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Name: Stephen
Status: student
Grade: 9-12
Location: NJ
Country: N/A
Date: 4/18/2005

If a projectile is fired from the Northern Hemisphere at x-degrees-N a target at the same longitude in the Southern Hemisphere at x-degrees-S, then the Coriolis Effect work the same as it would if the target was also in the Northern Hemisphere. I asked my teacher if this conjecture was true and she did not know. Is my conjecture true (maybe because the Earth always rotates in the same direction)?

Yes, you are absolutely right! (If I understand you correctly) A point at x degrees south latitude moves east at the same speed as a point at x degrees north latitude. Therefore, if a projectile is fired due south from a point at x degrees north latitude and lands at x degrees south latitude, it will land at the same longitude as it was launched at. If, on the other hand, it has half the range and lands at 0 degrees latitude (at the equator), it will land west of the longitude it was launched at since the equator is travelling east at a speed greater than any other point on the earth's surface.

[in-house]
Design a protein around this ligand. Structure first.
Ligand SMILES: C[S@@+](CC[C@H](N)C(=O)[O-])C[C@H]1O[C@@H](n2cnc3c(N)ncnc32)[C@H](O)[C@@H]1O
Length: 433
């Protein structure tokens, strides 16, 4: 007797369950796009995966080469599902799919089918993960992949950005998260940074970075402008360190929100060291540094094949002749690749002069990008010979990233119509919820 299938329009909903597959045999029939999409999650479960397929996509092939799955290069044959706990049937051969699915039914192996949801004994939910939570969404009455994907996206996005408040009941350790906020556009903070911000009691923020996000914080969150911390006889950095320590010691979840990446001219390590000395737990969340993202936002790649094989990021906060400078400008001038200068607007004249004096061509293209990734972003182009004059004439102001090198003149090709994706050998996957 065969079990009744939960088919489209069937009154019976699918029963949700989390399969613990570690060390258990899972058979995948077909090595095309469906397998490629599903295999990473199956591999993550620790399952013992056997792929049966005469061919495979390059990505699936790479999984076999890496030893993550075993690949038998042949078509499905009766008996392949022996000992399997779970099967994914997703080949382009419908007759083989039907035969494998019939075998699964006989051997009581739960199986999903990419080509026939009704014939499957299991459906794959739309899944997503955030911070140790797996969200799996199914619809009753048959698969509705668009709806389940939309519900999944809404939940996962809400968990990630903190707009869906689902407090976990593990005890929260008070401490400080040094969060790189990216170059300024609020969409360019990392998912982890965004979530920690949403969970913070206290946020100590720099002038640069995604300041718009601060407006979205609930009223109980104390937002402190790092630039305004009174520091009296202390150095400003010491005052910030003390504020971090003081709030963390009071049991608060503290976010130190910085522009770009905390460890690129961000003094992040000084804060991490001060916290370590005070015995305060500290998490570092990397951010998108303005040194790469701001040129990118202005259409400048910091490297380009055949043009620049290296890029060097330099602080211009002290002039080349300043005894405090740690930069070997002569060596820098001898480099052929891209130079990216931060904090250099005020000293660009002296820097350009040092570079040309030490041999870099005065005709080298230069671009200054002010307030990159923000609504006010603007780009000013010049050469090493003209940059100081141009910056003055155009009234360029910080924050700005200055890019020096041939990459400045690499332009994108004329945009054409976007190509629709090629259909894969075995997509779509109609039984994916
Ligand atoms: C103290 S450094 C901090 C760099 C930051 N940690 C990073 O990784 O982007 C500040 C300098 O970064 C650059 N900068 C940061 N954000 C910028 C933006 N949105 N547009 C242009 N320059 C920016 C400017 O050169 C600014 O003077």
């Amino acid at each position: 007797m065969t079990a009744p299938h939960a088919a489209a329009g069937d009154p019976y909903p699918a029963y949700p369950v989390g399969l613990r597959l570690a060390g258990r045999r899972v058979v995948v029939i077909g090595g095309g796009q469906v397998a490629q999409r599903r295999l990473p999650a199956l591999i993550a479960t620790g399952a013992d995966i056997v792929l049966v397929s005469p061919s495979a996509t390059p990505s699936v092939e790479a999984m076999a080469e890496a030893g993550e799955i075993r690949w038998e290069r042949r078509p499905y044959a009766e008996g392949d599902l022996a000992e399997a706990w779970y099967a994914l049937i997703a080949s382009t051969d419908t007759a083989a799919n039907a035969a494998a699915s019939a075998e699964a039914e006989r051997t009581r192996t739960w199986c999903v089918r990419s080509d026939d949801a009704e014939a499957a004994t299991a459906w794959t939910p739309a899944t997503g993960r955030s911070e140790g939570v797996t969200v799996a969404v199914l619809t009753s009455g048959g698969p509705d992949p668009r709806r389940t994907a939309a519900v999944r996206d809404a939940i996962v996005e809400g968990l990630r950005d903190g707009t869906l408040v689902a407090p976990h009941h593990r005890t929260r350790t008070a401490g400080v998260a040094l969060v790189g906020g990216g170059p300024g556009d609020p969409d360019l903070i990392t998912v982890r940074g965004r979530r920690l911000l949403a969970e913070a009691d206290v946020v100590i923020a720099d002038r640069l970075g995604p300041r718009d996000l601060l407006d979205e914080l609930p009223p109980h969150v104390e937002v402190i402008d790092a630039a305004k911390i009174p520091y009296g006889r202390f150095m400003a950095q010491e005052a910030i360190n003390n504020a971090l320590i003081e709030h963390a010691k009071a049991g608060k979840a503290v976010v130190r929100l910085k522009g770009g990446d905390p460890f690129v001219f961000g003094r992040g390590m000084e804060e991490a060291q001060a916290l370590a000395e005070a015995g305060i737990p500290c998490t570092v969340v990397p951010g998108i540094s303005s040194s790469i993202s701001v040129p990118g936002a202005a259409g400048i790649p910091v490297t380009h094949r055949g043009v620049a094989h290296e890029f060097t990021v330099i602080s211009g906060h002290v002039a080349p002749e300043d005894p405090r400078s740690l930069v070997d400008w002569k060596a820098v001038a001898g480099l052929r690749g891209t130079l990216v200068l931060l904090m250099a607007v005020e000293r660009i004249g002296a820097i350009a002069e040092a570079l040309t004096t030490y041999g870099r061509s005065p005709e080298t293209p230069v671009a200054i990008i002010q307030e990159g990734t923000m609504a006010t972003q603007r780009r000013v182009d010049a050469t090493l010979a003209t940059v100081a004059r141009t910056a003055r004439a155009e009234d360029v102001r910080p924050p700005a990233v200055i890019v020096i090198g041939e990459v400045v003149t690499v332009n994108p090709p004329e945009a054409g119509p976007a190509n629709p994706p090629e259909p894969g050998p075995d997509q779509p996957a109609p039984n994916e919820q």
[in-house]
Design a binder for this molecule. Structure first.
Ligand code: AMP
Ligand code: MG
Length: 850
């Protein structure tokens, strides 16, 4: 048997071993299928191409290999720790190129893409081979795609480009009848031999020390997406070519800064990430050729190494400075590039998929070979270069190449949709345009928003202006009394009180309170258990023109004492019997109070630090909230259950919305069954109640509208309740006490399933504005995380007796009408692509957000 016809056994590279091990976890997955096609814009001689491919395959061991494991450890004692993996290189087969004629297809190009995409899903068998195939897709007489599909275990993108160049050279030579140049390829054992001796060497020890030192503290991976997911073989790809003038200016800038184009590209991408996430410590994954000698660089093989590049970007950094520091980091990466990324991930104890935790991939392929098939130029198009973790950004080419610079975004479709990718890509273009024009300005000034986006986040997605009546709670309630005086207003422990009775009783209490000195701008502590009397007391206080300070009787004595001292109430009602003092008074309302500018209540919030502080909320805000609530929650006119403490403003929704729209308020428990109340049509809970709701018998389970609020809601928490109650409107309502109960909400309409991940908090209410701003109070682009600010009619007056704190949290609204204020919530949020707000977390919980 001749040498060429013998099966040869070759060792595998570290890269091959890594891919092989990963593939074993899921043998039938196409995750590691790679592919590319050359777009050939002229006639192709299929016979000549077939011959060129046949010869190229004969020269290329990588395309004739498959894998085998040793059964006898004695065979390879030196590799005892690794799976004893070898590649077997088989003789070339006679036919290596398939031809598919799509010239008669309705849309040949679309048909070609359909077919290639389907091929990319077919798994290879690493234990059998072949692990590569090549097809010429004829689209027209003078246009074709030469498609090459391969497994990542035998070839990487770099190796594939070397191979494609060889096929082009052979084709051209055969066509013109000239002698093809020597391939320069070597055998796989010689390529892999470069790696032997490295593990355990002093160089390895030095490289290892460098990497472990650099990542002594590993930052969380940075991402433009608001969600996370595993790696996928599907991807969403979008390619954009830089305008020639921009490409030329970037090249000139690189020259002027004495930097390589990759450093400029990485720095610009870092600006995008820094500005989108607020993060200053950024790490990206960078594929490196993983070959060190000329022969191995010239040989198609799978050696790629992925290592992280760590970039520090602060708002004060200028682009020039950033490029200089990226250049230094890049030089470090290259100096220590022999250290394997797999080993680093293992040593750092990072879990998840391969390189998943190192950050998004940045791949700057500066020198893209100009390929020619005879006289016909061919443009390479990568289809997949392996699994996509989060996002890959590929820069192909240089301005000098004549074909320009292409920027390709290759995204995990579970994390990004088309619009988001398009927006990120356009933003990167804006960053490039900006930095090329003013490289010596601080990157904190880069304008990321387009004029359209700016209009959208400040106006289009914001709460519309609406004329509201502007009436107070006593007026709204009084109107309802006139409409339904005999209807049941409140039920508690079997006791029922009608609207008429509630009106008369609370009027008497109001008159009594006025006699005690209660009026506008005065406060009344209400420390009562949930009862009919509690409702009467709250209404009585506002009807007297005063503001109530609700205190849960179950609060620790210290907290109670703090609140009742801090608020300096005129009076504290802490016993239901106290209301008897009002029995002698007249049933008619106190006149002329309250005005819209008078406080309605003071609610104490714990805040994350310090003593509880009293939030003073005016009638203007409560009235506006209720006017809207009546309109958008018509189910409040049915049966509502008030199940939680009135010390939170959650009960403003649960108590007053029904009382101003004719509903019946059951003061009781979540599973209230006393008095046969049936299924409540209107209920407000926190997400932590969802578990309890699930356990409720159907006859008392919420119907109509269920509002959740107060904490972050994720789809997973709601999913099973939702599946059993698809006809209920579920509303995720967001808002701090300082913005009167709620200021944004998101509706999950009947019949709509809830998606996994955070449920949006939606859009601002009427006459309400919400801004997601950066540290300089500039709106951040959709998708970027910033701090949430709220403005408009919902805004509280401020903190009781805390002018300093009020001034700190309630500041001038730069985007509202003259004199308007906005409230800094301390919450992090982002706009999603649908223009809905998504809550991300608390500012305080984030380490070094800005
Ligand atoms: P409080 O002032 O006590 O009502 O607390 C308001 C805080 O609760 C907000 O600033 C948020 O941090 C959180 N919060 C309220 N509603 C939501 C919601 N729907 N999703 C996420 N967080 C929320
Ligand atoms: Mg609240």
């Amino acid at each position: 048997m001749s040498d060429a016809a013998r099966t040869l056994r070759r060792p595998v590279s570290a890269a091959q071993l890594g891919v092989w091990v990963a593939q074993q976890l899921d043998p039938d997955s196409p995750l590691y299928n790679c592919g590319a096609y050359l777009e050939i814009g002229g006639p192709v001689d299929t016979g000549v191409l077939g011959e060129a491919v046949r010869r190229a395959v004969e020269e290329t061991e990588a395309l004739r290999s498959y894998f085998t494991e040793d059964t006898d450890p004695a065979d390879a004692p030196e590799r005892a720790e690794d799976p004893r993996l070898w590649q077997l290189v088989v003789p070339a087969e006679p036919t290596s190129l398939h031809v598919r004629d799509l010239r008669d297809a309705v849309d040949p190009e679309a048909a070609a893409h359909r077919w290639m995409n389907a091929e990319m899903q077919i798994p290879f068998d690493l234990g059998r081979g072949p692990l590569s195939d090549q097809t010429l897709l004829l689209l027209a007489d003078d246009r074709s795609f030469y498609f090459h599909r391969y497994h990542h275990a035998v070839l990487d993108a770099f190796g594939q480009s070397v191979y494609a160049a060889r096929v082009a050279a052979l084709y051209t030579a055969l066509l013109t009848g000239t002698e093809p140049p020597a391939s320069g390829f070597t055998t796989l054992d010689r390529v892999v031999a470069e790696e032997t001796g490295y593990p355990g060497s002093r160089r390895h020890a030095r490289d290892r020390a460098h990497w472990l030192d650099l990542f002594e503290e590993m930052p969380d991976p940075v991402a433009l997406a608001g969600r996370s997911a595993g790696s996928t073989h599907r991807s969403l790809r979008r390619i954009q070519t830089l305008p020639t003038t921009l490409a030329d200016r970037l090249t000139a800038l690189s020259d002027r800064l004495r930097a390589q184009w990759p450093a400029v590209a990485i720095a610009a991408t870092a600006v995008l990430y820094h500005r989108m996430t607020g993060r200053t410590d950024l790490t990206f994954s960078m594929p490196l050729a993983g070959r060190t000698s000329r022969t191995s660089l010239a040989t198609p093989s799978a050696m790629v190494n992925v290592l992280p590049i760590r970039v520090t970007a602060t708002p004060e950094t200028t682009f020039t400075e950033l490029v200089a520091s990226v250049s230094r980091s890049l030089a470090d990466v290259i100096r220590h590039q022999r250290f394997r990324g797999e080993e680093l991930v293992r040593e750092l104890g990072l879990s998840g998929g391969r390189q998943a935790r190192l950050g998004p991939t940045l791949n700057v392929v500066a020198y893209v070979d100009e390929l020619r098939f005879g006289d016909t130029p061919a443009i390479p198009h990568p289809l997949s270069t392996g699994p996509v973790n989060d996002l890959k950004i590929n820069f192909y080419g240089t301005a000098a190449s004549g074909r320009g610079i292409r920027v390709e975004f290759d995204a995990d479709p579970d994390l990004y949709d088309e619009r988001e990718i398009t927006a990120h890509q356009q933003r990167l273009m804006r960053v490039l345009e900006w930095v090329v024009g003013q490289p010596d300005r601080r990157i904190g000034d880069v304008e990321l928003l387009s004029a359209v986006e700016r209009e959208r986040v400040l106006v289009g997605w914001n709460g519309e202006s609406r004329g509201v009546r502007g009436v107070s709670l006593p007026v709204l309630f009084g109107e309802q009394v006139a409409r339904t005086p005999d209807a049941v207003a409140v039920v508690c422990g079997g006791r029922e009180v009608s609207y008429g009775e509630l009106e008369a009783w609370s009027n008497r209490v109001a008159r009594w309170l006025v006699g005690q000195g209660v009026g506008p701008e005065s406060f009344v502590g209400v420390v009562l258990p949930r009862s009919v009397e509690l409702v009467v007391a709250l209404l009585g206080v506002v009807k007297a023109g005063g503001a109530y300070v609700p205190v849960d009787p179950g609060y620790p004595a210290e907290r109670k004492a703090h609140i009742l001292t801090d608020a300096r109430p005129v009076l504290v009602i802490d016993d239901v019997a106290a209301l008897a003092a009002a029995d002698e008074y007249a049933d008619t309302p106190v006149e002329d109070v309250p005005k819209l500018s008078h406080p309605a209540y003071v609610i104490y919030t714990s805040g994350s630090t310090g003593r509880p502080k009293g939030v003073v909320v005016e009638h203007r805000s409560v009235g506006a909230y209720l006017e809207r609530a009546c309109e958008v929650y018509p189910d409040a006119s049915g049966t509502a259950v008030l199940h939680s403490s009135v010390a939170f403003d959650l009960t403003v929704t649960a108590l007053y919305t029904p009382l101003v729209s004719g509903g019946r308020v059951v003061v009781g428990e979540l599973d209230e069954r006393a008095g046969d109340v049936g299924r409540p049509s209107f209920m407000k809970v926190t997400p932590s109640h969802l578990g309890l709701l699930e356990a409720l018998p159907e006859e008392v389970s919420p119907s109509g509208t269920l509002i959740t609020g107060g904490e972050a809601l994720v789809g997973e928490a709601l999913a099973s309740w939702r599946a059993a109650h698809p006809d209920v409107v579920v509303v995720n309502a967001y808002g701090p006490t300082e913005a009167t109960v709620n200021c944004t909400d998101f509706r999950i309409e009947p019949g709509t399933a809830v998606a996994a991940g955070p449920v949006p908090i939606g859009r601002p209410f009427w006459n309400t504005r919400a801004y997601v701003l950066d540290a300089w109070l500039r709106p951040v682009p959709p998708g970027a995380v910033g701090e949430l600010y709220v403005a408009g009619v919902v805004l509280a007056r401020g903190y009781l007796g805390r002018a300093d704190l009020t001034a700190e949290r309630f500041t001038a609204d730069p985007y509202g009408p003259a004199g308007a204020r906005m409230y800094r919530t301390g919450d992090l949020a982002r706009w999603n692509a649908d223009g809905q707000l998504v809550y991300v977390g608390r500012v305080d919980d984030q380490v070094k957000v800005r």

Best, Dick Plano, Professor of Physics emeritus, Rutgers University

I am going to ignore air resistance. I do not understand the question, so I am just going to tell you what would happen.

On the way from the firing point to the equator, the bullet would apparently veer to the west, because its initial eastward speed (the speed at which the firing position is moving east) will not change as it travels, and this is less than the eastward speed of the ground at any point between the firing position and the equator. From the equator on south, the bullet's eastward speed is still less than the eastward speed of the ground under it (though the difference decreases as it moves further south) so it will continue to veer west. It will stop veering west when it reaches the latitude x S, but it will miss the target no matter what else it does.

The amount by which it will miss the target depends on its southward speed: the faster it is going, the smaller the distance by which it will miss. Actually, its southward speed is not a free variable. If it is really intended to hit the target, its southward speed must be such that it neither flies off into space nor falls to the ground. This means its speed satisfies v^2/r = 9.8 m/s^2, where r is the radius of Earth. In other words, it must be in orbit.

Tim Mooney

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